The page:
These stingrays are widespread in the seas and oceans. They are especially characteristic of cold-water (in the Arctic and Antarctic) and moderately warm regions, but they also occur in the tropical strip, where they usually live at a considerable depth. Most of the species of this family are among the inhabitants of coastal shallow waters, but there are also deep-water forms, especially characteristic of the genera Bagthyraja and Rreviraja. Seven species are known, in particular, from a depth of more than 2000 m.

Rhombus ramps do not reach particularly large sizes. The maximum length of various species is, as a rule, in the range from 35 to 180 cm. True, the largest of the European rays is smooth ramp (Rajabatis) - can reach a length of 2.5 m and a width of more than 1.5 m with a weight of 60-74 kg.

All representatives of this family multiply, laying eggs enclosed in a horn capsule to the bottom. Such a capsule is painted in dark chestnut, brown or black, has a quadrangular shape and is equipped with tubular processes at the corners, which in some species are very elongated. Using these processes, the capsule is attached to the bottom. As observations in the aquarium have shown, the female usually lays eggs in pairs with an interval of 1-5 days, and the total breeding period can be very long. It sometimes continues for several months in a row. The total number of delayed capsules, apparently, varies greatly among different species, ranging from 40 to 50 or more. Egg incubation lasts from 4 to 14 months.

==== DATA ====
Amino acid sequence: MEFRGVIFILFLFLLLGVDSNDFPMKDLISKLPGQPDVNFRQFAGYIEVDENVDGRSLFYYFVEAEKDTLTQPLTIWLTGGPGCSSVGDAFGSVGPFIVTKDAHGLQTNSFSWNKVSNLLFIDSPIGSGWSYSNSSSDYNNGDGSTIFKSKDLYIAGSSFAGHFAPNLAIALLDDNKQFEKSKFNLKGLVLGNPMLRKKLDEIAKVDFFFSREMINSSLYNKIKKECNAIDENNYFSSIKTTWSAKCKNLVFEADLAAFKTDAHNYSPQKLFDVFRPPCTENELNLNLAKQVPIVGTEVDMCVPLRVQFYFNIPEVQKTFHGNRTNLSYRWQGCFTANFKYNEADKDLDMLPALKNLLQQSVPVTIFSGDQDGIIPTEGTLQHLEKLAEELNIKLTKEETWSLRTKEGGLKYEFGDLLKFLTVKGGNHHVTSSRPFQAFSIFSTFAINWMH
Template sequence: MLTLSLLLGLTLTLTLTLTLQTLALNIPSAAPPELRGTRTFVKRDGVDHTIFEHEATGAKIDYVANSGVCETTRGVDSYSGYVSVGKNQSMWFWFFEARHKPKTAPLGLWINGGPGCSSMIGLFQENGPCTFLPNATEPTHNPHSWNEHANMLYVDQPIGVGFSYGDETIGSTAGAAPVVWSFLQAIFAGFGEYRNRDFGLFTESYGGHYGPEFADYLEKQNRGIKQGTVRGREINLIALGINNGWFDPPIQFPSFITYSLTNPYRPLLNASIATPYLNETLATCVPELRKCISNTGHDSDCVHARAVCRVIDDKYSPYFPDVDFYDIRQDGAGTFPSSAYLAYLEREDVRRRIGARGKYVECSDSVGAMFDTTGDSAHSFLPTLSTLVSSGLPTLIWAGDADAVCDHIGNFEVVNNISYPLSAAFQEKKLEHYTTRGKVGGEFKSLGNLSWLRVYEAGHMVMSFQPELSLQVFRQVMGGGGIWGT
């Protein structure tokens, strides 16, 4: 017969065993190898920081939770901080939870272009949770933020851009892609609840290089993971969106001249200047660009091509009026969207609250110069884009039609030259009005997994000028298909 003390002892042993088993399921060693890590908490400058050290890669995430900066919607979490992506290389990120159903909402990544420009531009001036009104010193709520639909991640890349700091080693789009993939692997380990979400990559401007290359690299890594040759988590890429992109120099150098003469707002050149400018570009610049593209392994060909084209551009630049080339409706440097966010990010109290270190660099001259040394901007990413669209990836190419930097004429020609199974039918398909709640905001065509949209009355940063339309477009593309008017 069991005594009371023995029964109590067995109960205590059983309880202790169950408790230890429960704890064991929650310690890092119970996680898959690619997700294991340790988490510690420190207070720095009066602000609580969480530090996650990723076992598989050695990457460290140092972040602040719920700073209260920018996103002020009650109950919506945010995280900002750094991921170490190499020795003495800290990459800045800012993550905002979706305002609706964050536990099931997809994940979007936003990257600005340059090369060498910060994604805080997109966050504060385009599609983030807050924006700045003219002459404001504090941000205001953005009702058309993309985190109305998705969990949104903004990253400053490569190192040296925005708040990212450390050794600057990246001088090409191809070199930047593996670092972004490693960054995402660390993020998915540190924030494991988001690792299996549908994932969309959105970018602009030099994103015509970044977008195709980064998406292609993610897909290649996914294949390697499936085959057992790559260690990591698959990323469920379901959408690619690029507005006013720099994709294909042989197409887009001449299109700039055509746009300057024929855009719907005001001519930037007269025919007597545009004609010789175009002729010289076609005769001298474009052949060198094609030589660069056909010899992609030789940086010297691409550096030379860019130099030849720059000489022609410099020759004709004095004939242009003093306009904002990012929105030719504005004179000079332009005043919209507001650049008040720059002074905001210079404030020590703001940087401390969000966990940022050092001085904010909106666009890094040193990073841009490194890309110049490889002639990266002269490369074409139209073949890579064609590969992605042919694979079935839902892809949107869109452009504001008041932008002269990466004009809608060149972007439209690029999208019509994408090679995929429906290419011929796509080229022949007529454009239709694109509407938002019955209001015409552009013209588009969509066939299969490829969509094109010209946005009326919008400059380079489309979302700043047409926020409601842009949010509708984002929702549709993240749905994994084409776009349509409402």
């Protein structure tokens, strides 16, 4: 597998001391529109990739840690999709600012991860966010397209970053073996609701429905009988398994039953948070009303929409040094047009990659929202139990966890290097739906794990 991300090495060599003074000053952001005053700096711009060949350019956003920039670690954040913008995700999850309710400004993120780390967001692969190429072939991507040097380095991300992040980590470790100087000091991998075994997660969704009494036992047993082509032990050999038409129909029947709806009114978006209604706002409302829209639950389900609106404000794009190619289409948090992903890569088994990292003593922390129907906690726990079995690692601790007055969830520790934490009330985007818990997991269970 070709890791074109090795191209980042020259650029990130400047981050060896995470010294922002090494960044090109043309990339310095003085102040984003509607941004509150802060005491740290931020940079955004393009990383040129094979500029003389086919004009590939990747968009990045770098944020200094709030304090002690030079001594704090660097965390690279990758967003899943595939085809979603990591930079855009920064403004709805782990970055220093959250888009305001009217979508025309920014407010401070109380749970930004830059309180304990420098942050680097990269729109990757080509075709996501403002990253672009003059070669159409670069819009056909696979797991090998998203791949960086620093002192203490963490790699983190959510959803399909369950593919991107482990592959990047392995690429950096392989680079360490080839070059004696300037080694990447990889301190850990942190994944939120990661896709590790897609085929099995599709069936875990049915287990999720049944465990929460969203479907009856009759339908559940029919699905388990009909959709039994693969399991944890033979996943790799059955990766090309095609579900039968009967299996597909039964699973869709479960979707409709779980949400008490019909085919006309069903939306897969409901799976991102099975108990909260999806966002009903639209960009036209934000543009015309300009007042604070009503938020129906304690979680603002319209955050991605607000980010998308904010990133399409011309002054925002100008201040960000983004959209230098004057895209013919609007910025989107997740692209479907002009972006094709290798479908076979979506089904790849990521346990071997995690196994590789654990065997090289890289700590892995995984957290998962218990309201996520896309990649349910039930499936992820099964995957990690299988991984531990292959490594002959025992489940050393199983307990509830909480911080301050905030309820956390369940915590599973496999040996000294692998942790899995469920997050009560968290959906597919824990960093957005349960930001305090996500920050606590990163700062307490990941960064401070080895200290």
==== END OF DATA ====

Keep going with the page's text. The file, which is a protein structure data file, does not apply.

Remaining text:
Rhombic rays belong to the number of bottom fish. Alarmed, they are usually more strongly pressed to the ground, and their color, like that of flounders, can vary depending on the color of the surface on which they lie. The favorite habitat of these fish is a smooth sandy or shell bottom. In the daytime, the slopes are usually inactive and calmly lie at the bottom, sometimes digging into the ground so that only eyes, spatter and part of the back remain on the surface. When digging, they use pectoral fins in order to throw sand on their backs.

At the same time, these rays often rise into the water column, pursuing prey, and sometimes even observed at the surface. During swimming, they wave their pectoral fins, like wings, and, if necessary, can move quite quickly.

When hunting for floating prey, stingrays cannot grab it as a result of a direct attack, since their mouth opening is located on the underside of their heads. In this case, they first float on top of their prey, and then press them to the bottom and swallow.